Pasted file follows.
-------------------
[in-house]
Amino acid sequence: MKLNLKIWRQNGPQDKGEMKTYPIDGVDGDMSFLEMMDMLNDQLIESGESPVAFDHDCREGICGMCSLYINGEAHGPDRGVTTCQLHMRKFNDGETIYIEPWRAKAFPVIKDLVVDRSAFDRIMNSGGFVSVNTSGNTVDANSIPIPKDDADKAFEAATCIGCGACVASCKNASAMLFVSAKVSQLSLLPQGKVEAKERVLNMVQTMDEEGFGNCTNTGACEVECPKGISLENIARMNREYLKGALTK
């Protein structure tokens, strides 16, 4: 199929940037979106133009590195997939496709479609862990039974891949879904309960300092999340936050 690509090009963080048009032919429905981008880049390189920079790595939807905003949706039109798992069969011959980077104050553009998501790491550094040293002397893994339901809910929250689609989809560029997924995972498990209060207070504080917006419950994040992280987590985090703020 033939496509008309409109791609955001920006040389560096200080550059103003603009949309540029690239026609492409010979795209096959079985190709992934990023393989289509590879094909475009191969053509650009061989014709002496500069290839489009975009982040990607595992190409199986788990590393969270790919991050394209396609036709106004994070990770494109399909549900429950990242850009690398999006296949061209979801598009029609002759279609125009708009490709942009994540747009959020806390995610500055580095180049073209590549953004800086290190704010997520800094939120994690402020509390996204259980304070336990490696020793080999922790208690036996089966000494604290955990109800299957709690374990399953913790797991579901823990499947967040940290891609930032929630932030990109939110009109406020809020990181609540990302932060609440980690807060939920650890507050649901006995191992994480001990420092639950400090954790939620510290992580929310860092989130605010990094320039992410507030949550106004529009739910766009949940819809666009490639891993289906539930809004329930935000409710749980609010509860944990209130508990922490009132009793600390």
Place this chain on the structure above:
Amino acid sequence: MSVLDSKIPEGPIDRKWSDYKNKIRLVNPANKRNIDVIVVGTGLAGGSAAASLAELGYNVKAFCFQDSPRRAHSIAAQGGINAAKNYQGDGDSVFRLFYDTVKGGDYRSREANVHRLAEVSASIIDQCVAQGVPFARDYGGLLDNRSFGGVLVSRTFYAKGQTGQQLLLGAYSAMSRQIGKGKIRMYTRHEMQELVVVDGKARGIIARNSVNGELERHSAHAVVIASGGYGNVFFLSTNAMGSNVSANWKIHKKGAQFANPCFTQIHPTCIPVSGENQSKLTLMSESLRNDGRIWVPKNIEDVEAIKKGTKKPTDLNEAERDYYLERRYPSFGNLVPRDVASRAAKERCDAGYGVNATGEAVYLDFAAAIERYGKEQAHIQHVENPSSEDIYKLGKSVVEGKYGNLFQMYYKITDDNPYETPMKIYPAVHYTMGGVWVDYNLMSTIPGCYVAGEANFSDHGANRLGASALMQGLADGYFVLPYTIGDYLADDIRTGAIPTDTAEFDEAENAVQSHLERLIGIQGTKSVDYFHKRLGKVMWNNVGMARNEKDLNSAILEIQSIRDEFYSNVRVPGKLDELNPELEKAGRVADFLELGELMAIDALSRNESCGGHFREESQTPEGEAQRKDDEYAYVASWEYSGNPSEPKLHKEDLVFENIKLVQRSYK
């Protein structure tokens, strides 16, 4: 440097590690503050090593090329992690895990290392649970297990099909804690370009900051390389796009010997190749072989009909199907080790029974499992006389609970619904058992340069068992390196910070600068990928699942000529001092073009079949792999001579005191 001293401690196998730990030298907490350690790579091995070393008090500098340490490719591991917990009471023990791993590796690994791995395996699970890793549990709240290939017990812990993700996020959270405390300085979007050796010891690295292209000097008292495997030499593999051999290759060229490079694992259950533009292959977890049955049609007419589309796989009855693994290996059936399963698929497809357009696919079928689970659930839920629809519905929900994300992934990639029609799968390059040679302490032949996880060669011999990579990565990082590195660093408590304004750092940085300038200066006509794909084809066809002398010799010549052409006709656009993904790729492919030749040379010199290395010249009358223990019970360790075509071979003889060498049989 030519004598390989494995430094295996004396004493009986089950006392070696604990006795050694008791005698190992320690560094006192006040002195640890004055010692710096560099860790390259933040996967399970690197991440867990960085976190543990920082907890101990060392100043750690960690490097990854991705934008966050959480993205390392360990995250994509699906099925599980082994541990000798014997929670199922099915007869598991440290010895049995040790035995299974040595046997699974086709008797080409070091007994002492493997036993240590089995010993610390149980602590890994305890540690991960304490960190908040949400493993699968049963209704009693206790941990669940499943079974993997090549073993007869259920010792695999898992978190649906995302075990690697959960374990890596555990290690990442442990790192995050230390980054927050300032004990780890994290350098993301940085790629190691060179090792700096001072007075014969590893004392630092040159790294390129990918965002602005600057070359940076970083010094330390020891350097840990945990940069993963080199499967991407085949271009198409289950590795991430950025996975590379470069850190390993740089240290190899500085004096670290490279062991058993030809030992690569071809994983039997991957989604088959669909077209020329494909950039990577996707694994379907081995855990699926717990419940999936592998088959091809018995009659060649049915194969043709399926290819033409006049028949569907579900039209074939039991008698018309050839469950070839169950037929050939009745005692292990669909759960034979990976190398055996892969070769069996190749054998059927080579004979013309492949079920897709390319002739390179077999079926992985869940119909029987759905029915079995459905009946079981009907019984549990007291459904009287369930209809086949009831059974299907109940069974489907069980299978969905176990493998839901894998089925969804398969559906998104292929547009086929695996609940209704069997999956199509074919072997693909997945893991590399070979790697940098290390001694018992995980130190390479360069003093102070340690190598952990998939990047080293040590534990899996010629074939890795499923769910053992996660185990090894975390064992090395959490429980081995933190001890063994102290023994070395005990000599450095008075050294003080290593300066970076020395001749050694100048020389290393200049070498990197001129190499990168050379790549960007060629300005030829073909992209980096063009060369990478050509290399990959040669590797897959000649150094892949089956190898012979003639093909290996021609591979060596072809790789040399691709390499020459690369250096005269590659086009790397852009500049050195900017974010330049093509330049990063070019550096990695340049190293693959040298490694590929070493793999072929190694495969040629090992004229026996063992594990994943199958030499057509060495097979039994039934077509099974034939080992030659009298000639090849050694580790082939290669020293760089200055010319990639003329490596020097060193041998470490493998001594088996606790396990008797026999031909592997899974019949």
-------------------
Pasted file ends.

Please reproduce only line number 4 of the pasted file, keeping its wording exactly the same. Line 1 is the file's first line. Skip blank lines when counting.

Place this chain on the structure above: